Affordable Care Act Round-Up: Self-Employed Health Costs Likely Rising
This application obtained by The Associated Press shows the short form for the new federal Affordable Care Act.
The Affordable Care Act offers the self-employed the flexibility of getting health insurance, but the cost could become a burden for those who make too much money for government subsidies, but not enough to be considered well-off.
Health Costs Likely Rising For Many Self-Employed (The Associated Press)
- Experts say the young, single and self-employed may decide not to get health insurance and pay the penalty.
- The ACA will likely provide freedom to those who want to pursue entrepreneurial ventures and had once felt tied to employer-based coverage.
Middle Class Family Braces for Higher Premiums (The Associated Press)
- Click the link above for a case study of a Texas family whose health costs would go up if they sign up for health insurance under the ACA. The Wolf family's annual income is too high, making them ineligible for government subsidies.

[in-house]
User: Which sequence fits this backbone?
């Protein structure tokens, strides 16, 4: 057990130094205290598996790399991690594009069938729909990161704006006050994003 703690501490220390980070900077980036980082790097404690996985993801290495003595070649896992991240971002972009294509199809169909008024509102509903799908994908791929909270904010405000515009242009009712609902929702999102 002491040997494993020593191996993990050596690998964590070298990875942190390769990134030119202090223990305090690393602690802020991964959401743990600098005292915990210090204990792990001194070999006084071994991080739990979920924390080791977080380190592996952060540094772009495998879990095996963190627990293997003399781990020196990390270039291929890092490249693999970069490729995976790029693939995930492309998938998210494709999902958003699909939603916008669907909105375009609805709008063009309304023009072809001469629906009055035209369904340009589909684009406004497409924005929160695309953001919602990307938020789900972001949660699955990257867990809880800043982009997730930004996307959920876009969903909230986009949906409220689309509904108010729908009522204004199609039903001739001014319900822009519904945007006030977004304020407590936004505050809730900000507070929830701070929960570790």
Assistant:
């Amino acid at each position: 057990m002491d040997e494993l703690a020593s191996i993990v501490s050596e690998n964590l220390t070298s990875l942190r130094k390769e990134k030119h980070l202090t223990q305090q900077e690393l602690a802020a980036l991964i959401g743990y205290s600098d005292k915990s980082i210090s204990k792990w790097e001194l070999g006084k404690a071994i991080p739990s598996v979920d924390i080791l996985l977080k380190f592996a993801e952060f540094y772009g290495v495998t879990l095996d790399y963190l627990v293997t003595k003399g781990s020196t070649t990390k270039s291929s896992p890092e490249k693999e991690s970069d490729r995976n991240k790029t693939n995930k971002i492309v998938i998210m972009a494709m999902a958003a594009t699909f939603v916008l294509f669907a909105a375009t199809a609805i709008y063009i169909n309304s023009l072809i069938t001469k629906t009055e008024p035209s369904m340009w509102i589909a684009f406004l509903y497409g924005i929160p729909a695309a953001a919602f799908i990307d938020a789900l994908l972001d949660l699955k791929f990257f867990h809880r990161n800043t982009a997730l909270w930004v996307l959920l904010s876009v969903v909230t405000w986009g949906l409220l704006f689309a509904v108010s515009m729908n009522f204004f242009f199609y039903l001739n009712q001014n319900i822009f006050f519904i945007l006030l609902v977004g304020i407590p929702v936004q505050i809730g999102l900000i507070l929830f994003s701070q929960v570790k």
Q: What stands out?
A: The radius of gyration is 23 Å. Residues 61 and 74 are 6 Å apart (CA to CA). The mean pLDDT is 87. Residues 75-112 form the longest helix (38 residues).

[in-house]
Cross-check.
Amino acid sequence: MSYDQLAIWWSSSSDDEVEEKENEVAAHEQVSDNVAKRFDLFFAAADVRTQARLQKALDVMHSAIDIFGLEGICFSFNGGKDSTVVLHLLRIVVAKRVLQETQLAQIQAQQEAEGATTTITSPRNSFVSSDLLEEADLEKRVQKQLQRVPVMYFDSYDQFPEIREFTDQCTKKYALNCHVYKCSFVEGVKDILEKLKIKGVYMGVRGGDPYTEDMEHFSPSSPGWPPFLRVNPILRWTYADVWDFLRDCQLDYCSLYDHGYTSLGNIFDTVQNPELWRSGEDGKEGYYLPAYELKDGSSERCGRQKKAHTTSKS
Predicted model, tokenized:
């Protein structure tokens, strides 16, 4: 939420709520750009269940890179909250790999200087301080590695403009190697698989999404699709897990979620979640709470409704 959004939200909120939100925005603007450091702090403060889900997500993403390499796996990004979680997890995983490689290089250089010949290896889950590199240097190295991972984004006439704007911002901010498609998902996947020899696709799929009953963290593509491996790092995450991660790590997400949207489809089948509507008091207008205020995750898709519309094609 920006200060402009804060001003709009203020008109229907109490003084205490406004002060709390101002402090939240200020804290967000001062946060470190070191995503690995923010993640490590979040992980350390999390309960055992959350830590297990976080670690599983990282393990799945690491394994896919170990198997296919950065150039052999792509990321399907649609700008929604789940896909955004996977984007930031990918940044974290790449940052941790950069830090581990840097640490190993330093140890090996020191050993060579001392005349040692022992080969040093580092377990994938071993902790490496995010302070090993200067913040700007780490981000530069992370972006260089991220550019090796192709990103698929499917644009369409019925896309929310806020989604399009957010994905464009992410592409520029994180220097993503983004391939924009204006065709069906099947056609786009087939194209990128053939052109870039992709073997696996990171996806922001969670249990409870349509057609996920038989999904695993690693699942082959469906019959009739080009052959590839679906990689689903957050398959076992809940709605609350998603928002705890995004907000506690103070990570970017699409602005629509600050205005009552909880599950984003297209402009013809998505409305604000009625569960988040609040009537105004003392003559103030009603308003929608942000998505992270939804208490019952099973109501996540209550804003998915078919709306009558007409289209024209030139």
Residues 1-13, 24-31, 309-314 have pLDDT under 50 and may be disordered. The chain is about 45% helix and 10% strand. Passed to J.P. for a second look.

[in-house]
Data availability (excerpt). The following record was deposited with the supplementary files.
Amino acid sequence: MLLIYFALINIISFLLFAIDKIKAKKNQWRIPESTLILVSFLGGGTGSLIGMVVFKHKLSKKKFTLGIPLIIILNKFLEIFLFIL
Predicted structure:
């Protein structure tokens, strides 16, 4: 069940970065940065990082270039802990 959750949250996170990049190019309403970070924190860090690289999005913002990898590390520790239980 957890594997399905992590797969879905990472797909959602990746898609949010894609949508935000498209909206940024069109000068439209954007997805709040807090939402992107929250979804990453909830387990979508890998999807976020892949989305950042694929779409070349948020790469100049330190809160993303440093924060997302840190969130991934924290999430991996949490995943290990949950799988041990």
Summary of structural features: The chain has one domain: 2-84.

- According to the Kaiser Family Foundation's online calculator, the family's health care costs could double if they purchase a benchmark plan through through the federal exchange.
- Assume their annual income is $130,000, the family would pay an annual premium of $14,804 for the mid-range, Silver Plan. Their current premium is about $7,800.
Florida Bans Obamacare Navigators From Helping Uninsured at County Health Departments (The Huffington Post)
- Florida issued an order banning "navigators" or counselors hired under the ACA to help low income, uninsured people sign up for health insurance.
- A Florida health department spokeswoman said that navigators were not acting on behalf of the state's health department, citing that the ACA program raised privacy concerns due to consumer information that will be gathered in a federal database.
- Federal representatives said the claims were "unfounded," and suggested it was an attempt to thwart the ACA, despite having the second-highest uninsured population in the U.S.